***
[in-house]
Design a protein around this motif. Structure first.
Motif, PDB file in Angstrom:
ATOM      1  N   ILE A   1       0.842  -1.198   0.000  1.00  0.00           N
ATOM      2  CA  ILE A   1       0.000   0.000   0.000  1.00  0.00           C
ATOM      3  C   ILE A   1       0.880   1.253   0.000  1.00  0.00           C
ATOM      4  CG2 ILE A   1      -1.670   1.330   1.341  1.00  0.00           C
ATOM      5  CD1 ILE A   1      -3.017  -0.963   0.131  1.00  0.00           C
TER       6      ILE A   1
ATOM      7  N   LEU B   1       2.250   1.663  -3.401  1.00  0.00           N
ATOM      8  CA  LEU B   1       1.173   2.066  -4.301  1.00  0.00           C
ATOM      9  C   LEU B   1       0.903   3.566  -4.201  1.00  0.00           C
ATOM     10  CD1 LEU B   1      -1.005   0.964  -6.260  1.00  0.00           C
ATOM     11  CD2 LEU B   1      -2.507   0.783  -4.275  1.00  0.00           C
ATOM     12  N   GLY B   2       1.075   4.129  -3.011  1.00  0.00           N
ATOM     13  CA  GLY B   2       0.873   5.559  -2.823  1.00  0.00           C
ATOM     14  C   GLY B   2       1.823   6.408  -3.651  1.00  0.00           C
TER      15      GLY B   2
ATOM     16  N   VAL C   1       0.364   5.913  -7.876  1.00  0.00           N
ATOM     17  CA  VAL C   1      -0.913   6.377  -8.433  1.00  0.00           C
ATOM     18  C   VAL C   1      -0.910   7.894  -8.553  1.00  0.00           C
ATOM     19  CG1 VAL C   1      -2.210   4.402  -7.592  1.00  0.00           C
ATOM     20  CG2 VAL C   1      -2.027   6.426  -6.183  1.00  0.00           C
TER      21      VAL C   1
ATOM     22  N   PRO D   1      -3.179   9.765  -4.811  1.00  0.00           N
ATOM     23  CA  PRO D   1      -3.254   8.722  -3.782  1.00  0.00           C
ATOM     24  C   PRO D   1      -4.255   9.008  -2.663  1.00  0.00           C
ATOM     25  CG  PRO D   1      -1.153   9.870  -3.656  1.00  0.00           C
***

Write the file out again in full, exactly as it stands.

[in-house]
Design a protein around this motif. Structure first.
Motif, PDB file in Angstrom:
ATOM      1  N   ILE A   1       0.842  -1.198   0.000  1.00  0.00           N
ATOM      2  CA  ILE A   1       0.000   0.000   0.000  1.00  0.00           C
ATOM      3  C   ILE A   1       0.880   1.253   0.000  1.00  0.00           C
ATOM      4  CG2 ILE A   1      -1.670   1.330   1.341  1.00  0.00           C
ATOM      5  CD1 ILE A   1      -3.017  -0.963   0.131  1.00  0.00           C
TER       6      ILE A   1
ATOM      7  N   LEU B   1       2.250   1.663  -3.401  1.00  0.00           N
ATOM      8  CA  LEU B   1       1.173   2.066  -4.301  1.00  0.00           C
ATOM      9  C   LEU B   1       0.903   3.566  -4.201  1.00  0.00           C
ATOM     10  CD1 LEU B   1      -1.005   0.964  -6.260  1.00  0.00           C
ATOM     11  CD2 LEU B   1      -2.507   0.783  -4.275  1.00  0.00           C
ATOM     12  N   GLY B   2       1.075   4.129  -3.011  1.00  0.00           N
ATOM     13  CA  GLY B   2       0.873   5.559  -2.823  1.00  0.00           C
ATOM     14  C   GLY B   2       1.823   6.408  -3.651  1.00  0.00           C
TER      15      GLY B   2
ATOM     16  N   VAL C   1       0.364   5.913  -7.876  1.00  0.00           N
ATOM     17  CA  VAL C   1      -0.913   6.377  -8.433  1.00  0.00           C
ATOM     18  C   VAL C   1      -0.910   7.894  -8.553  1.00  0.00           C
ATOM     19  CG1 VAL C   1      -2.210   4.402  -7.592  1.00  0.00           C
ATOM     20  CG2 VAL C   1      -2.027   6.426  -6.183  1.00  0.00           C
TER      21      VAL C   1
ATOM     22  N   PRO D   1      -3.179   9.765  -4.811  1.00  0.00           N
ATOM     23  CA  PRO D   1      -3.254   8.722  -3.782  1.00  0.00           C
ATOM     24  C   PRO D   1      -4.255   9.008  -2.663  1.00  0.00           C
ATOM     25  CG  PRO D   1      -1.153   9.870  -3.656  1.00  0.00           C